8. Be Willing To Adapt Your Thinking Strategies

“I’m pretty optimistic about the adaptability of our thinking strategies. For example, I am a big marginalia taker in books. It’s how I make sense of a book. And you could say there’s a wonderful kinetic feeling to that and I write more slowly than I type, so am I encoding that knowledge in a better different way? And you can do these swoopy little cool connections where this part is connected to that part. And there’s this spatial memory about where it is in the pages, and that’s lost when you work digitally, right? But on the other hand, when I take notes on my Kindle, I can move a little more quickly when I’m typing so I put in a longer and more thoughtful idea, sometimes I’ll even write two paragraphs, which you can’t do in the margins in a book. And more importantly you can reencounter those notes by putting them into a database, and when I search them I can find notes that I had forgotten I had taken from a book three years ago.

Recently I’ve been Tweeting couplets from Alexander Pope’s essay on man, because he’s one of my favorite poets, in the 18th century he’s my overall favorite poet, and I read it on the Kindle. So I kept on highlighting these wonderful couplets. And so I called up the notes and I’ve been Tweeting these couplets. And there’s no way in hell I would do this with my paper book. I would literally forget it was there. I do 50% of my notation in paper and 50% in Kindle and I don’t feel there is a big difference in the quality of my thinking, only that it’s easier to encounter what I wrote in the digital format. And that reencountering is so explosive in value.”

9. Use Technologies To Amplify Your Intelligence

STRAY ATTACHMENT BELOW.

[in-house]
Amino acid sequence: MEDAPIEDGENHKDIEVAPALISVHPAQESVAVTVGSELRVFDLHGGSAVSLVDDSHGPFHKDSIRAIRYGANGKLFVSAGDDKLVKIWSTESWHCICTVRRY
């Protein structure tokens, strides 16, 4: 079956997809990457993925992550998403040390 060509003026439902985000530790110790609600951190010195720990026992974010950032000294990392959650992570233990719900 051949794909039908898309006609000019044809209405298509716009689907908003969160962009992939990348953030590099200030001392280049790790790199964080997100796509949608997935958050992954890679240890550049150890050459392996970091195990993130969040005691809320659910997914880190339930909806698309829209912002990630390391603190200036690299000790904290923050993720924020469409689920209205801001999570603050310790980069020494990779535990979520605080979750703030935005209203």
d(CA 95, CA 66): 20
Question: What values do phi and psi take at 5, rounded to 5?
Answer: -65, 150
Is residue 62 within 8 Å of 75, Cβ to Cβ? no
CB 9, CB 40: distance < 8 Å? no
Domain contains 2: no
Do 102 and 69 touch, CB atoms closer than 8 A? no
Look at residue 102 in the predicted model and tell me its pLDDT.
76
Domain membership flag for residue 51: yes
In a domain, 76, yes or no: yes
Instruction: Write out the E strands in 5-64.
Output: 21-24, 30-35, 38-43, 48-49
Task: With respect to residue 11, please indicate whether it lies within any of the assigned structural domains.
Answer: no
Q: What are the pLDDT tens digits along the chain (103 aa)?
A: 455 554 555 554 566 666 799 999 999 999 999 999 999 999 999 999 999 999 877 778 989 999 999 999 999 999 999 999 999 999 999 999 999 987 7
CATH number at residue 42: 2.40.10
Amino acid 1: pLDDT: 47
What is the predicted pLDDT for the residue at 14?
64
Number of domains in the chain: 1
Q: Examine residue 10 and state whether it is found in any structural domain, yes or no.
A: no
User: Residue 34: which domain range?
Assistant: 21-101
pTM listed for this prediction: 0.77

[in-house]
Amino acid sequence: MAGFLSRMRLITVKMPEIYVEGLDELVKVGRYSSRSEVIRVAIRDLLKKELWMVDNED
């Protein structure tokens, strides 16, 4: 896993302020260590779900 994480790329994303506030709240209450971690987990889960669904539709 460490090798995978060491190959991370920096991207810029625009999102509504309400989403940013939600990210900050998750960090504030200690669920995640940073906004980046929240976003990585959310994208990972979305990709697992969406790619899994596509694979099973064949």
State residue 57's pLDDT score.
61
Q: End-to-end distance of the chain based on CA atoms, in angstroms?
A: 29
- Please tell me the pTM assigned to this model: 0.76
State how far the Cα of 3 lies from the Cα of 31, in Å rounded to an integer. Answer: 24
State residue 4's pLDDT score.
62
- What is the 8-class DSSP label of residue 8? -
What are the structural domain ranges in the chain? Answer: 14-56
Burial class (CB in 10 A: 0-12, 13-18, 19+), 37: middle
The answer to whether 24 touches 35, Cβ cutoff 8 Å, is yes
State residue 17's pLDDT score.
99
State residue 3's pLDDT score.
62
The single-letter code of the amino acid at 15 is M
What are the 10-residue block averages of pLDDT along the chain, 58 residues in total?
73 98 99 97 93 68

“I absolutely think that writing concisely and pithily is more recognized as a value now than it has in some time. We have some tools now that encourage pithiness, for example Twitter. People mocked Twitter for “what can you really say in 140 characters?” but I think what we’ve discovered is that people can say delightful things, it forces them to boil what they want to say down to the absolute nut of it, it forces them to be incredibly witty. As Shakespeare wrote, “brevity is the soul of wit.” An aphorism itself that would fit perfectly into a Tweet with room left over.”

© 2013 by Jonathan Wai

You can follow me on Twitter, Facebook, or G+. For more of Finding the Next Einstein: Why Smart is Relative go here.

Note: This article originally appeared on Psychology Today.

Daring to Push the Boundaries of Creativity – The Creativity Post


By Carla A. Woolf


Creative development is probably the best medium and representative for every type of emotion we can conjure and experience, particularly for a species that thrives and survives on constantly acquiring and applying knowledge, which is contingent upon an emotionally developed brain that has evolved with a “neuroplastic” propensity for creativity. We are destined, to be engaged with the entwined elements of emotions, creative critical thinking, relationships and decision-making on a daily basis – these are the things we each ought to audaciously strive for, regardless of our stations in life.